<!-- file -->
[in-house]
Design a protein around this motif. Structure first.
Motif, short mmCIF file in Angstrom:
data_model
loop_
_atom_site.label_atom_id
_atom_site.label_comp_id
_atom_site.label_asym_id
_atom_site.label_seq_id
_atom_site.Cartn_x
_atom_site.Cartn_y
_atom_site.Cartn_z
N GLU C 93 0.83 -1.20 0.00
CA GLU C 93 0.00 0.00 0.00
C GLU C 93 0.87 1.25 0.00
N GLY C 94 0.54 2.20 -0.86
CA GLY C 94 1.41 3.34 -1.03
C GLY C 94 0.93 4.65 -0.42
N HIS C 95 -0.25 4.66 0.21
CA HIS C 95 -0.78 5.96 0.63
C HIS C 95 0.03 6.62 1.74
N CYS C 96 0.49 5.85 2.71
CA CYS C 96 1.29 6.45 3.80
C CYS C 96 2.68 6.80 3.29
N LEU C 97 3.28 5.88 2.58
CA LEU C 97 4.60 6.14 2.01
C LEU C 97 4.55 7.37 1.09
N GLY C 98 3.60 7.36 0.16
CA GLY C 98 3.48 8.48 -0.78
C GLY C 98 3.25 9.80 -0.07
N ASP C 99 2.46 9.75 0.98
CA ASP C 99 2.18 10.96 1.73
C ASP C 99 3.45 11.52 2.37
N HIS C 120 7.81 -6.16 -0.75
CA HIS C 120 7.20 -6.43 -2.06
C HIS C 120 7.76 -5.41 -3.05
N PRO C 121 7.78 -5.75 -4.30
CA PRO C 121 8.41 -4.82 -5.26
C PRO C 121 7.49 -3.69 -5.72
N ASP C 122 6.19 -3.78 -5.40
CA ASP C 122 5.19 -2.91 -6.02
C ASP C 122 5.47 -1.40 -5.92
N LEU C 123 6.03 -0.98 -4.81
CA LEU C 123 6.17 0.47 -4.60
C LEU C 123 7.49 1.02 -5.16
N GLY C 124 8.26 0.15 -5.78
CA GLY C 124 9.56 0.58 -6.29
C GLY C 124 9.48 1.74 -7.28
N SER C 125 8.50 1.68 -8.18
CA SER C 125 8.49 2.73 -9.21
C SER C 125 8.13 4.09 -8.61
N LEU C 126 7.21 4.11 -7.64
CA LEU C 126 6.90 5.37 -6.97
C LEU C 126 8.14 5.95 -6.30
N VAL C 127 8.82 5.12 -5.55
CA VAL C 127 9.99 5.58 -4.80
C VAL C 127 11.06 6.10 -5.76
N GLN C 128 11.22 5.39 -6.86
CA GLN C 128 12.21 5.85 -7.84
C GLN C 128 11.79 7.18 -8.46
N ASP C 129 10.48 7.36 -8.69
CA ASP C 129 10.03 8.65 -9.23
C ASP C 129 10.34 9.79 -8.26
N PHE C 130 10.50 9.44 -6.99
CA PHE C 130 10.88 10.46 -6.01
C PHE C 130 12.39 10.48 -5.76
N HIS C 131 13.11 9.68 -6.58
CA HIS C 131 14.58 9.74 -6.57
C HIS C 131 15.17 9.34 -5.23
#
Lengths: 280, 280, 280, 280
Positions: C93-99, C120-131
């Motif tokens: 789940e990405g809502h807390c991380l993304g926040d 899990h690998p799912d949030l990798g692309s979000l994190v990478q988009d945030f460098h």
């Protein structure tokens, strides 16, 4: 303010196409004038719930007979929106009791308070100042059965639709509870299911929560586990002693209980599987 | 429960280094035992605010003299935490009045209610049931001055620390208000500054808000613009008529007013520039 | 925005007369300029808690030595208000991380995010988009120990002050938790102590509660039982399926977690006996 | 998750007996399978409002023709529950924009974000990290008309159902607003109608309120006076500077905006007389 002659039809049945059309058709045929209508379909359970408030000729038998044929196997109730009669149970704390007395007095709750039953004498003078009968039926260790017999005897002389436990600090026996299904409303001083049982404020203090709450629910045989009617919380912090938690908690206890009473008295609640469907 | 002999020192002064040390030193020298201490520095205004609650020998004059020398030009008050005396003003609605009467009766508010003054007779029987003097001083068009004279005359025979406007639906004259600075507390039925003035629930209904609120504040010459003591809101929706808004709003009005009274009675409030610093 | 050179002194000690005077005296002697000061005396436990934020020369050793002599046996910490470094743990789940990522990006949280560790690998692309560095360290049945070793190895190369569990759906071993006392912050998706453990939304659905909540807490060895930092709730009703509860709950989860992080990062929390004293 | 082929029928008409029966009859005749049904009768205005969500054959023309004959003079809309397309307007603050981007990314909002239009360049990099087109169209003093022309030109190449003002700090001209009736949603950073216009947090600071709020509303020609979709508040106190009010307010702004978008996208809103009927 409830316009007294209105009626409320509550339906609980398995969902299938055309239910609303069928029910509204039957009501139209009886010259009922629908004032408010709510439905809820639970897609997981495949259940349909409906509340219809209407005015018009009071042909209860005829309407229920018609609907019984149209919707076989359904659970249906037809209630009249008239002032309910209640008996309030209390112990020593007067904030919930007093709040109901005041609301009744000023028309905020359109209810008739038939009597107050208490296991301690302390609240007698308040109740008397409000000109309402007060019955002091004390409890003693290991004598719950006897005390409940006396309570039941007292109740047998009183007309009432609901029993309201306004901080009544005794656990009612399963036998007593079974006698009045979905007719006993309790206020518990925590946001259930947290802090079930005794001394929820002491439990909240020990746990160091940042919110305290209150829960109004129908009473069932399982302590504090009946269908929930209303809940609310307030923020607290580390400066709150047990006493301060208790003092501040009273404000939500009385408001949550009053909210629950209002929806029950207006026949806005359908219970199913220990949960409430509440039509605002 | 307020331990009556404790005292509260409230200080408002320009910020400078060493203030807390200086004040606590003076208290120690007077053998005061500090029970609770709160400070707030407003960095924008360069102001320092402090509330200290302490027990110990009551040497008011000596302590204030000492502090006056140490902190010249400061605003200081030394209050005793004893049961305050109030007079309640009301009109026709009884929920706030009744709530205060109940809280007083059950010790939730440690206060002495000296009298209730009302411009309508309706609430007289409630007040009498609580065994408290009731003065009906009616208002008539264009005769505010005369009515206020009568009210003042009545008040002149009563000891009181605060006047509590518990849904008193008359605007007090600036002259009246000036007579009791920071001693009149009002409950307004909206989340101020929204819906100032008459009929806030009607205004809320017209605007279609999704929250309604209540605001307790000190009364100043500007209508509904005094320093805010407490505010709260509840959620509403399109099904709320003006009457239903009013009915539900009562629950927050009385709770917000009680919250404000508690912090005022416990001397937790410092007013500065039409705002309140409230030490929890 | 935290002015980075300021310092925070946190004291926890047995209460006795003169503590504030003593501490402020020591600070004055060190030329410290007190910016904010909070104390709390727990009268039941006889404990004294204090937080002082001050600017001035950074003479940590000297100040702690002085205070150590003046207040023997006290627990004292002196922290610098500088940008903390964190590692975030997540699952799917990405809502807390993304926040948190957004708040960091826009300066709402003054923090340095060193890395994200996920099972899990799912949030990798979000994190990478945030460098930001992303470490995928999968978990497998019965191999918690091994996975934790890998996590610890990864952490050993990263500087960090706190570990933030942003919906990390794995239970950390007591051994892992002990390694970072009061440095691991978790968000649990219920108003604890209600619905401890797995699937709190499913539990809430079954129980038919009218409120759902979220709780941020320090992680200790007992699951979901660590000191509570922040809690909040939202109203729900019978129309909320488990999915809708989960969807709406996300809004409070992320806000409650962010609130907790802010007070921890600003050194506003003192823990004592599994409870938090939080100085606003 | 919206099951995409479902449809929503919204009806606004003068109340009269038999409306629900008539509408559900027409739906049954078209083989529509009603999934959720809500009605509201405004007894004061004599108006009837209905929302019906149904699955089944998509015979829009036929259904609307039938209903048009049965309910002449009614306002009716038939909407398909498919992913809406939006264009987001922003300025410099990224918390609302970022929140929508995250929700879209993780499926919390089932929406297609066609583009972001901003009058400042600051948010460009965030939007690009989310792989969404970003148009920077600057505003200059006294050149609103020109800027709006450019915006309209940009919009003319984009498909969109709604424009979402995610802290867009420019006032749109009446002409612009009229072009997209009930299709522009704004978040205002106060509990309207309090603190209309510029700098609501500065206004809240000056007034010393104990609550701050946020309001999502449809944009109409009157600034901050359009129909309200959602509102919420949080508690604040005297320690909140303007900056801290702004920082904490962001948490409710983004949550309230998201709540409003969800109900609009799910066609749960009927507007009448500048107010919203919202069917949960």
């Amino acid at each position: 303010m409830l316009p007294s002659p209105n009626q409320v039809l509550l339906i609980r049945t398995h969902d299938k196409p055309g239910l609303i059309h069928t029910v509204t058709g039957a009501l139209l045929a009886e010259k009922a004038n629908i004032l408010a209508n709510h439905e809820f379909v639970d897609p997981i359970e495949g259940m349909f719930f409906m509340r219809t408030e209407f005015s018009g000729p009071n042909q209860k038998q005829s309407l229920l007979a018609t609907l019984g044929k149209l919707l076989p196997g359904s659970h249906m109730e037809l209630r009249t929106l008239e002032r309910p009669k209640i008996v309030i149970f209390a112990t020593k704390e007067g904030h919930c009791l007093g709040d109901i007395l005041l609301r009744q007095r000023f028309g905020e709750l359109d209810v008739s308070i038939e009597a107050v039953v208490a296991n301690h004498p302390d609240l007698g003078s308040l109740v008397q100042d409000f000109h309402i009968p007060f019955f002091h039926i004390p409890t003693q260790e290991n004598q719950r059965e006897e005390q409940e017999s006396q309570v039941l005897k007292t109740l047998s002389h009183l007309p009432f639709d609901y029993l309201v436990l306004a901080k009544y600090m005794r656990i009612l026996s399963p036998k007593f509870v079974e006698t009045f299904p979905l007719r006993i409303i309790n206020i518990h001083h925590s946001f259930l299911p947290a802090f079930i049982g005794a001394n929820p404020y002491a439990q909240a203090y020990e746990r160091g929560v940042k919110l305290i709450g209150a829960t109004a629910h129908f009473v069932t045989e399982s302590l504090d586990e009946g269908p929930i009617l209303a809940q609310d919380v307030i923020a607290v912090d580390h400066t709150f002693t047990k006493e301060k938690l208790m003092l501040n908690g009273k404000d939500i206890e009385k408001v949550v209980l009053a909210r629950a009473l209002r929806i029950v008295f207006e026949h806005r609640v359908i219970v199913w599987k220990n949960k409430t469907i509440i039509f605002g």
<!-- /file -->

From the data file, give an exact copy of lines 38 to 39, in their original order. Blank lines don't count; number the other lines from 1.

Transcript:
CA PRO C 121 8.41 -4.82 -5.26
C PRO C 121 7.49 -3.69 -5.72